Knowledge is Power (2/3)

27 teachers like this lesson
Print Lesson

Objective

Students will be able to gather information to guide their paper plane design revisions.

Big Idea

Science is guided by curiosity, research, and experiment. This lesson focuses on the second step-research-through an organized process.

Review and Continuation

5 minutes

During our Reading and Writing Block on the day of the flight testing, I give my students more time to research paper airplanes with the help of an organizer I created called Paper Airplane Information. The students' motivation to build, with greater precision, a paper airplane is high now and their "need to know" is driving their research and build process.

I have the students use the graphic organizer to note important information, definitions, and illustrations that can help them construct their 3 models assigned to them in the previous session. The resources are:

Fun Paper Airplanes

What Makes Paper Airplanes Fly?

How Far Will It Fly?

Best Paper Airplanes

Active Engagement

20 minutes

As always, while the students work, I circulate and confer. It is important that when you are looking at student work, and listening in on their conversations, that you are not telling them "what to do", "what to fix", or even "what is wrong". They have to do the thinking, otherwise they aren't doing the learning.

When this student shared her beginning work, I immediately realized, from her notes, that she had a misconception due to not reading the text correctly.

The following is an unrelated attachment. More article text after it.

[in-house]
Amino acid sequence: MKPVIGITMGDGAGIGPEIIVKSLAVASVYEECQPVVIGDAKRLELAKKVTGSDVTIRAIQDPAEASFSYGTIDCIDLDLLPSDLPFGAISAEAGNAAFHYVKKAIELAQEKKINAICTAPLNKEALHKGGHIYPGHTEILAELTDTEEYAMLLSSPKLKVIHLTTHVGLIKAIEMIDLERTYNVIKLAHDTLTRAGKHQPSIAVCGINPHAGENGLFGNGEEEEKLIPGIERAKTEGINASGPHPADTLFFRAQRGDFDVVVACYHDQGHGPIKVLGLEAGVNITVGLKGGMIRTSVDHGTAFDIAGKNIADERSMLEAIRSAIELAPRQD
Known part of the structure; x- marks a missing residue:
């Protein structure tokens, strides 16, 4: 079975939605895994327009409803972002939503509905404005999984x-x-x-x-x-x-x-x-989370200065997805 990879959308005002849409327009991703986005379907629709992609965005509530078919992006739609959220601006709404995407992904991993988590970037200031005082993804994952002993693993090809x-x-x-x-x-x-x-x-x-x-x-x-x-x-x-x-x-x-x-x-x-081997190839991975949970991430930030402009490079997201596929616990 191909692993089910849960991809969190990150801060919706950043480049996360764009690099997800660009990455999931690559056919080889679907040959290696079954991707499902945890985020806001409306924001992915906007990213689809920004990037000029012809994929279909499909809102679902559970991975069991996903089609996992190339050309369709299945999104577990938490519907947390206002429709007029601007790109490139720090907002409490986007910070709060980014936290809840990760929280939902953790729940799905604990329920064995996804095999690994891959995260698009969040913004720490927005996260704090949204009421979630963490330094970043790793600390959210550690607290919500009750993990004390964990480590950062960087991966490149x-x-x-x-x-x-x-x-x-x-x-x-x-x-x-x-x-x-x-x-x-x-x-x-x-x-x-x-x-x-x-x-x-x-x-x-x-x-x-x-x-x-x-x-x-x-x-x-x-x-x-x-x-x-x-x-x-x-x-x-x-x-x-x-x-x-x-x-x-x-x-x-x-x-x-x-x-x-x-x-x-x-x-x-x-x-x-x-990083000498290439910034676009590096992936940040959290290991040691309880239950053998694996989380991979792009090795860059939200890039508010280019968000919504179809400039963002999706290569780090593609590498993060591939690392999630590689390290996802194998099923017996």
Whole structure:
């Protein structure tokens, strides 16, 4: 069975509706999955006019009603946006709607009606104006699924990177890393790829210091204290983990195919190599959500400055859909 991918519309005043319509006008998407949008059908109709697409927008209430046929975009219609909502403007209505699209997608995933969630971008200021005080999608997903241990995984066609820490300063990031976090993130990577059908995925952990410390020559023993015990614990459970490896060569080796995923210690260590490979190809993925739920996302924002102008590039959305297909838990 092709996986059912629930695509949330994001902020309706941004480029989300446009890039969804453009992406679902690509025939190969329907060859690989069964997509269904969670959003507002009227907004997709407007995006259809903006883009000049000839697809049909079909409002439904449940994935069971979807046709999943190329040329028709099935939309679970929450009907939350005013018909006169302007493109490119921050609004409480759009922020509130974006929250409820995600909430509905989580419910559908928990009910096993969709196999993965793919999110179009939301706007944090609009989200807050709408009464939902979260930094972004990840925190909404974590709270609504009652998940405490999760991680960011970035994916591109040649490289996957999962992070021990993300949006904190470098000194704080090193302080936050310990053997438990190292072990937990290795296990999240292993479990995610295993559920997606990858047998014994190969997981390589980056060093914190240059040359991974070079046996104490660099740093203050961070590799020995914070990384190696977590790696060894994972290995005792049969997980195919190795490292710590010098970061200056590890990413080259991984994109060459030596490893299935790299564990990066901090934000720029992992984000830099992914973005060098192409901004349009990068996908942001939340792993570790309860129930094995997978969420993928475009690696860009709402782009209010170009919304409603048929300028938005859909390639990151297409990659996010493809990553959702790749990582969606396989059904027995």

As we worked together, she was able to use the text to define the terms as concepts, rather than apply them as locations on the plane. She was then able to begin thinking about how they can be used in her design. 

This researcher was making meaning of thrust and lift in order to develop a concept for her plane.  I was impressed with her ability to pair information from the baseline data and the research in order to develop a level of understanding that will guide her construction.

Closing

5 minutes

To close the session, I simply have the students share their information organizer and model ideas with their science partner. I also ask them to discuss what they plan on doing at home to prepare for the competition. In doing this, I set the students up as goal setters, planners, and designers. As they discuss with their partners, not only are they presenting, but they are also obtaining helpful and necessary ideas for more improvement. They may also learn about revisions they do not want to try.  

This is a simple, but effective, closing. Students review, assess, critique, and plan for the future session.